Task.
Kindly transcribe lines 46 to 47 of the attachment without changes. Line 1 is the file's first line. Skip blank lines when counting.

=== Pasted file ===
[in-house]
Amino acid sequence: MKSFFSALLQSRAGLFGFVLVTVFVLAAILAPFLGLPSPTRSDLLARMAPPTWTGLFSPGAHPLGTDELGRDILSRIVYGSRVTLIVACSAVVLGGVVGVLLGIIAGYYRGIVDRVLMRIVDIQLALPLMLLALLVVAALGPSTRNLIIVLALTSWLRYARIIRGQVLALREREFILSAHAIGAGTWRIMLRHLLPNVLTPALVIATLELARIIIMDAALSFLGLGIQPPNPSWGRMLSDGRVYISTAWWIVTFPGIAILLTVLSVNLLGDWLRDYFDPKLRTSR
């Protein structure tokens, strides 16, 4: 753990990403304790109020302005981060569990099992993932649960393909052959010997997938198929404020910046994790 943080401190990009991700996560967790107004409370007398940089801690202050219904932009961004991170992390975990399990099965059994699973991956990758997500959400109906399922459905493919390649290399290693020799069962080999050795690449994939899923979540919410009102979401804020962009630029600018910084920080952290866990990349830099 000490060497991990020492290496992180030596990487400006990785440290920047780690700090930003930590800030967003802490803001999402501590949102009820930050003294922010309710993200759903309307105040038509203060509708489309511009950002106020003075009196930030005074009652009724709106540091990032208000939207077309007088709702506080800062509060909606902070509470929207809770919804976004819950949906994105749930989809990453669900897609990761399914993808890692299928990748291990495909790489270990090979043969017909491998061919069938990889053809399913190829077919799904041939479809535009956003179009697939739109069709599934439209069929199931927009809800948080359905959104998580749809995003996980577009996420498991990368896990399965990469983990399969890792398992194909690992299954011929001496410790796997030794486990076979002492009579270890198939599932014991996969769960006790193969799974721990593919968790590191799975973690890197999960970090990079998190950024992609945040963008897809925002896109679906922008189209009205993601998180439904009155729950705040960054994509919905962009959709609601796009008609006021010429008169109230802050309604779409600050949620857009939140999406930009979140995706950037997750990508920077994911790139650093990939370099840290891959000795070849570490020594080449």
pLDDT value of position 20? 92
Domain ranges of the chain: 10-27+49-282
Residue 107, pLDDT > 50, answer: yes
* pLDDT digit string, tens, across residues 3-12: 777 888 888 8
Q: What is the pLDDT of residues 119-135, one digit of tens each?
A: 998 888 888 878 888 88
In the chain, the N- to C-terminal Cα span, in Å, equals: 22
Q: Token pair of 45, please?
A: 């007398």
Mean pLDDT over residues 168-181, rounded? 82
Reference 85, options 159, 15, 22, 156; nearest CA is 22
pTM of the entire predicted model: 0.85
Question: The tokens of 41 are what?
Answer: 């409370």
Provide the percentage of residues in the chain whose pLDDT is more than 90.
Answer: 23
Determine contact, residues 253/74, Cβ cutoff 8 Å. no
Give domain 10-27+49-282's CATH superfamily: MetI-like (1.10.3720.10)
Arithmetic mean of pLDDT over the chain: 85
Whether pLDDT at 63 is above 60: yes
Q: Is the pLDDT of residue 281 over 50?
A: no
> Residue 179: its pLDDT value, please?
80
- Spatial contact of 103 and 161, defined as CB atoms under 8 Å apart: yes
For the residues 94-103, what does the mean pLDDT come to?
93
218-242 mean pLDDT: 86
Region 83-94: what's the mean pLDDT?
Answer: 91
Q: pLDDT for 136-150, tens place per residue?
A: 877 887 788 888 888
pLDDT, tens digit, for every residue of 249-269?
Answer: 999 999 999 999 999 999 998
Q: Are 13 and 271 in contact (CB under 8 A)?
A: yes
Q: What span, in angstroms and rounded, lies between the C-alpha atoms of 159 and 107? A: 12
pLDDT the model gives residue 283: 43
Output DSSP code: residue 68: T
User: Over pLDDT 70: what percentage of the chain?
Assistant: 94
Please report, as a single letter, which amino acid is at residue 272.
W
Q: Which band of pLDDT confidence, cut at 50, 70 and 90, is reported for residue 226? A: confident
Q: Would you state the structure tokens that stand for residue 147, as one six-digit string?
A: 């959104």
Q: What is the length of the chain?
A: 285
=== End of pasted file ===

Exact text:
W
Q: Which band of pLDDT confidence, cut at 50, 70 and 90, is reported for residue 226? A: confident